Ethical Challenges in Short-Term Global Health Training

Later, Jasmine is asked to perform a procedure that exceeds her level of training. What should she do?

CASE 3: Exceeding Level of Training

Vignette 2: After discussing this situation with her local supervisor and with her advisor at her home institution, everyone agrees that Jasmine should correct patients if they call her "doctor."  Jasmine remains concerned, however, that she might be performing some tasks that she is not ready for and certainly would not be permitted to do at home. For example, she was asked on numerous occasions to draw blood from patients without supervision; while trained in this skill at home, she did not yet feel “competent.”  On another occasion, she was asked to drain fluid from around a patient’s lung (a procedure called thoracentesis); however, she had never been trained how to do this procedure.

Jasmine is understandably nervous and upset when these situations arise. Which of the following statements represents sound advice for Jasmine when she is asked to perform tasks with which she is not yet comfortable?

If Jasmine feels uncomfortable with a task, she has a responsibility to at least ask for assistance and supervision.
This answer is correct. Jasmine at least has the responsibility to ask for assistance and supervision. She should also communicate her lack of experience to the patients she sees.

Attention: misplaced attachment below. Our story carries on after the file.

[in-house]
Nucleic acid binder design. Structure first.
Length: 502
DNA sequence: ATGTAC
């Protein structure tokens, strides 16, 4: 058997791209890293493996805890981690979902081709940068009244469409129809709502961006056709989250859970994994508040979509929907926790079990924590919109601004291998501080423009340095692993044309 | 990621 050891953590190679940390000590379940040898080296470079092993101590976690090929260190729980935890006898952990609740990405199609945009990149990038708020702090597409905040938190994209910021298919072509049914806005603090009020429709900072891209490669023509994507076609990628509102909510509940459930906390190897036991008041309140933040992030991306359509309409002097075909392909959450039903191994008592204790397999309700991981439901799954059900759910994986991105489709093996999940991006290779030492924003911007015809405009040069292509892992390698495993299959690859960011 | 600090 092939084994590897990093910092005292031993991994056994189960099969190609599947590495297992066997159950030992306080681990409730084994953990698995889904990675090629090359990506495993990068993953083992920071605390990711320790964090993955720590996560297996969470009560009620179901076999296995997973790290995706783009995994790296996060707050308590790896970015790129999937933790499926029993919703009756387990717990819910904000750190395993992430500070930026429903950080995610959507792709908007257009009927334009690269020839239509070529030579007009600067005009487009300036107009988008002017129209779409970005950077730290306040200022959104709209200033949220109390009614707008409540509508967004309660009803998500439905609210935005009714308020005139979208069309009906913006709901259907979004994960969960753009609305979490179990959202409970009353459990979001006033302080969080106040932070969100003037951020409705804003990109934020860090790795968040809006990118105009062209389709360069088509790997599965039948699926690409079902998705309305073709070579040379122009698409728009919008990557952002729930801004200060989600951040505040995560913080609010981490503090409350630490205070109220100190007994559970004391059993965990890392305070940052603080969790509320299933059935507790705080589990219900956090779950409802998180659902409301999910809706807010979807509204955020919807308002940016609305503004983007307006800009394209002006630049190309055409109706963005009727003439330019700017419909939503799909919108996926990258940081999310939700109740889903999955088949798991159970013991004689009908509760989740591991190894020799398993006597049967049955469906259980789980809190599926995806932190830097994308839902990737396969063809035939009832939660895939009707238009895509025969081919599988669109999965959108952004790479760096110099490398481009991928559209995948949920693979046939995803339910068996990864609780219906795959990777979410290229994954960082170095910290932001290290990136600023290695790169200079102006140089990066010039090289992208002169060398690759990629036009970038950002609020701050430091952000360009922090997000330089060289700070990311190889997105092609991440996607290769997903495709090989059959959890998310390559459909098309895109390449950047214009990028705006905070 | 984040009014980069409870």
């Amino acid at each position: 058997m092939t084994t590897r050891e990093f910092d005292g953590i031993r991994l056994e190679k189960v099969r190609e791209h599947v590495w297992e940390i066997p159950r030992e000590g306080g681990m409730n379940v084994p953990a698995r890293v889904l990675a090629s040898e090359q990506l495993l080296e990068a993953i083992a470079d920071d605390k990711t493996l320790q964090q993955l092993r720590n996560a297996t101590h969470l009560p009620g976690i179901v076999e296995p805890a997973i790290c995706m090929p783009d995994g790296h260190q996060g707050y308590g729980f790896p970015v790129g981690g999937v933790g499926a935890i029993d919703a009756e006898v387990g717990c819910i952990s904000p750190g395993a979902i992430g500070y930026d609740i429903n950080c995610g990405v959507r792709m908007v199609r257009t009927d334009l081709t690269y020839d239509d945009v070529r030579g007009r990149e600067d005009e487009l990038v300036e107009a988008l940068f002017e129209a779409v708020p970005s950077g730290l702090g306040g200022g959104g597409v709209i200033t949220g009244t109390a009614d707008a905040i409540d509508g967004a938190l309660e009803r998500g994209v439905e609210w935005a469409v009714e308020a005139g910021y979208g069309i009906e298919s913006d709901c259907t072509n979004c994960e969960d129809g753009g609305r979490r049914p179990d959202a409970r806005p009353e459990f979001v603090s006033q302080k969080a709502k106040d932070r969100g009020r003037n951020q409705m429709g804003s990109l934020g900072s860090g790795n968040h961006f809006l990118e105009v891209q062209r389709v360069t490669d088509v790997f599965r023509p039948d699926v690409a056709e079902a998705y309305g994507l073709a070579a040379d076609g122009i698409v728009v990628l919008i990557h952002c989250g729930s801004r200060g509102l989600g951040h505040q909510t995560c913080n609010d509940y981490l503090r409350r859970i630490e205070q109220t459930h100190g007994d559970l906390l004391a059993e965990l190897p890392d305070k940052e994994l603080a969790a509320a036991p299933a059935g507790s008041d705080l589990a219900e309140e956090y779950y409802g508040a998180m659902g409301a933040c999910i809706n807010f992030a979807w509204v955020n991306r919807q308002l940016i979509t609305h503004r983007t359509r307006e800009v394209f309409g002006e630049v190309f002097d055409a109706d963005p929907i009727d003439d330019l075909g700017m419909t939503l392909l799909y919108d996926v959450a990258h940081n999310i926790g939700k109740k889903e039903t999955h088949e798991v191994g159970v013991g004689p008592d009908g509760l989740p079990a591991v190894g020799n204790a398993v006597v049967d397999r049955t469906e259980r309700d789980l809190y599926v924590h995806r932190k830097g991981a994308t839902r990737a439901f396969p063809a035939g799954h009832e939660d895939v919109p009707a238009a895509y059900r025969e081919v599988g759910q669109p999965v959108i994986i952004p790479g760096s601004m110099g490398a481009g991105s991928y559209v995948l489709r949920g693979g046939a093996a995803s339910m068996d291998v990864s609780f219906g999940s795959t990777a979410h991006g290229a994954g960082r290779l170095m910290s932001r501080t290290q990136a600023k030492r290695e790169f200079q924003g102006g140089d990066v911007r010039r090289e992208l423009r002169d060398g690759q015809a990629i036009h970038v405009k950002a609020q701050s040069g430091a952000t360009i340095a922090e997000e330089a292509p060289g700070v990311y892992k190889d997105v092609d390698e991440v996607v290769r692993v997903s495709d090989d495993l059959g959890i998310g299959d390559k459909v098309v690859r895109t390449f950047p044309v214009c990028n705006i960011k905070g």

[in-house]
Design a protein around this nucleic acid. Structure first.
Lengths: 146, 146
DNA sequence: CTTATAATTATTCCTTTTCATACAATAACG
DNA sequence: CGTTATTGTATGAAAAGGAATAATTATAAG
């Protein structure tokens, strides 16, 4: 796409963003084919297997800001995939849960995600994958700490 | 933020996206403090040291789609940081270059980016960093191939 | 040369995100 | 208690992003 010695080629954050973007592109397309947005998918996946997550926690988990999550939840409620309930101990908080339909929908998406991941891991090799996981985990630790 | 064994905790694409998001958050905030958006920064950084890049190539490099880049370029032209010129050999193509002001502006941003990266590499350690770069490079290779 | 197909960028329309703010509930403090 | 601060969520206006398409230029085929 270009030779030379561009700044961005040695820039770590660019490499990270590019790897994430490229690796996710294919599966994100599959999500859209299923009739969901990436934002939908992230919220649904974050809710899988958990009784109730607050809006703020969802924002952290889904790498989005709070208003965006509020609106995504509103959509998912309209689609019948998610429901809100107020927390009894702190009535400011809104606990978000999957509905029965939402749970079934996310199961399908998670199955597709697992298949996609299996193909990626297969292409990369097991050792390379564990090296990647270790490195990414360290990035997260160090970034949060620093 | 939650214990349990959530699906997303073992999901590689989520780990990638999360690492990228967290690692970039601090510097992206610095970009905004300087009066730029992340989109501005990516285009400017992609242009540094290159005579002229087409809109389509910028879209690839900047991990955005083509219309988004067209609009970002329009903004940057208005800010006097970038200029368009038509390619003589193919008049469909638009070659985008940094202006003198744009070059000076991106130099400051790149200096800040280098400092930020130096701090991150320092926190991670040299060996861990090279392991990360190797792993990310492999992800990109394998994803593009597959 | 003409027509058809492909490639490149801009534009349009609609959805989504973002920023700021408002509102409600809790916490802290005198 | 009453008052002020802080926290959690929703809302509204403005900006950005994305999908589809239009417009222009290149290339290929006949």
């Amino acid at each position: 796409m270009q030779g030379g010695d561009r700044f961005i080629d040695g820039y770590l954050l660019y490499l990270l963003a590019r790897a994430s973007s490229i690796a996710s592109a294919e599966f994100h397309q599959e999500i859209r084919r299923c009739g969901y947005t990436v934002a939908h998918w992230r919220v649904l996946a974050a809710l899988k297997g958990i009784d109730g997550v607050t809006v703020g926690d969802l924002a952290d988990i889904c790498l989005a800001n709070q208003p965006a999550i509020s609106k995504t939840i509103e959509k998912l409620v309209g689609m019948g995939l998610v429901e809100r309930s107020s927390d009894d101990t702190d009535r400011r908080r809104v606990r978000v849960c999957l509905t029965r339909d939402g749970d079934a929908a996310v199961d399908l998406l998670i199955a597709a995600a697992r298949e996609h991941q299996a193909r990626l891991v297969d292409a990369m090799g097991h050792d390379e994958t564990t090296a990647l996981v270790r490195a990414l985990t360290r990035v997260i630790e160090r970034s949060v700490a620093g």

Jasmine should perform no task for which she does not feel 100% competent – even if it is a blood draw.
If Jasmine were to hold herself to this standard, she will gain little from her experience, and she is also unlikely to be able to help the local community as much as she otherwise could. In this case, Jasmine has been trained in drawing blood, but not in thoracentesis. Even if she is nervous, it might be reasonable for her to attempt the former, but not the latter. Choose a different answer.
Jasmine is a guest, and the hospital is critically understaffed. She should try to perform any task she is asked to do.
This is too permissive, and places Jasmine at risk of harming her patients or even herself. She should not learn additional procedures at the expense of the local patients. Often it is difficult to say no in a critically understaffed setting, but the onus should not be on trainees alone to do so. Choose a different answer.
So long as local medical students do it, Jasmine should feel comfortable doing so.
Unless Jasmine has requisite training, this is an unreliable guide for her action. Other locales might have different training programs and standards for their medical students. Jasmine should focus on her own abilities and competencies, not those of her peers in the local community. Choose a different answer.
© Stanford University Center for Global Health and the Johns Hopkins University Berman Institute of Bioethics.

Project funding provided by Doris Duke Charitable Foundation (DDCF)